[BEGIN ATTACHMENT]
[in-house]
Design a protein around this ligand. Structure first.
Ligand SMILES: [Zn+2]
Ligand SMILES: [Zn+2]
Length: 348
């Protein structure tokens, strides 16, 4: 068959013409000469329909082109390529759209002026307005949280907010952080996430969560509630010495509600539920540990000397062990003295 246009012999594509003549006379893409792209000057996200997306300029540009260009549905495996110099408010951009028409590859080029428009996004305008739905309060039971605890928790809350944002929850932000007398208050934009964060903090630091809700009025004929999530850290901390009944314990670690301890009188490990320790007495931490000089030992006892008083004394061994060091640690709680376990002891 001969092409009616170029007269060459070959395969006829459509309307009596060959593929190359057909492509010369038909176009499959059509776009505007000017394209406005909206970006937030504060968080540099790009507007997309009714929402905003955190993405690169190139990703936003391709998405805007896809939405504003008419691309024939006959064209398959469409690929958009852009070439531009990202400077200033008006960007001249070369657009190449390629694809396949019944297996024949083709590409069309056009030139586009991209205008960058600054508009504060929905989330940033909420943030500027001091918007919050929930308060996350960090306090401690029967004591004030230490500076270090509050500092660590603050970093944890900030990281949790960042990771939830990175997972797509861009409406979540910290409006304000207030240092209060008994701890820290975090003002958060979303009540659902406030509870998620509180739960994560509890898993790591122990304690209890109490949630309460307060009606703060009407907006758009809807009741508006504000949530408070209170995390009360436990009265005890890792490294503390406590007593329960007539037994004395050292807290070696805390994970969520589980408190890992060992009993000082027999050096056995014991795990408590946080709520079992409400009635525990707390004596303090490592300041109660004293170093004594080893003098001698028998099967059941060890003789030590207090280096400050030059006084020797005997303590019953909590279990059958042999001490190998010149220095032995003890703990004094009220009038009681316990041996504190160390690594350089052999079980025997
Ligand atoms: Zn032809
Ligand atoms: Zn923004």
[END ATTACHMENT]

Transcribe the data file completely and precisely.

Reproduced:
[in-house]
Design a protein around this ligand. Structure first.
Ligand SMILES: [Zn+2]
Ligand SMILES: [Zn+2]
Length: 348
């Protein structure tokens, strides 16, 4: 068959013409000469329909082109390529759209002026307005949280907010952080996430969560509630010495509600539920540990000397062990003295 246009012999594509003549006379893409792209000057996200997306300029540009260009549905495996110099408010951009028409590859080029428009996004305008739905309060039971605890928790809350944002929850932000007398208050934009964060903090630091809700009025004929999530850290901390009944314990670690301890009188490990320790007495931490000089030992006892008083004394061994060091640690709680376990002891 001969092409009616170029007269060459070959395969006829459509309307009596060959593929190359057909492509010369038909176009499959059509776009505007000017394209406005909206970006937030504060968080540099790009507007997309009714929402905003955190993405690169190139990703936003391709998405805007896809939405504003008419691309024939006959064209398959469409690929958009852009070439531009990202400077200033008006960007001249070369657009190449390629694809396949019944297996024949083709590409069309056009030139586009991209205008960058600054508009504060929905989330940033909420943030500027001091918007919050929930308060996350960090306090401690029967004591004030230490500076270090509050500092660590603050970093944890900030990281949790960042990771939830990175997972797509861009409406979540910290409006304000207030240092209060008994701890820290975090003002958060979303009540659902406030509870998620509180739960994560509890898993790591122990304690209890109490949630309460307060009606703060009407907006758009809807009741508006504000949530408070209170995390009360436990009265005890890792490294503390406590007593329960007539037994004395050292807290070696805390994970969520589980408190890992060992009993000082027999050096056995014991795990408590946080709520079992409400009635525990707390004596303090490592300041109660004293170093004594080893003098001698028998099967059941060890003789030590207090280096400050030059006084020797005997303590019953909590279990059958042999001490190998010149220095032995003890703990004094009220009038009681316990041996504190160390690594350089052999079980025997
Ligand atoms: Zn032809
Ligand atoms: Zn923004």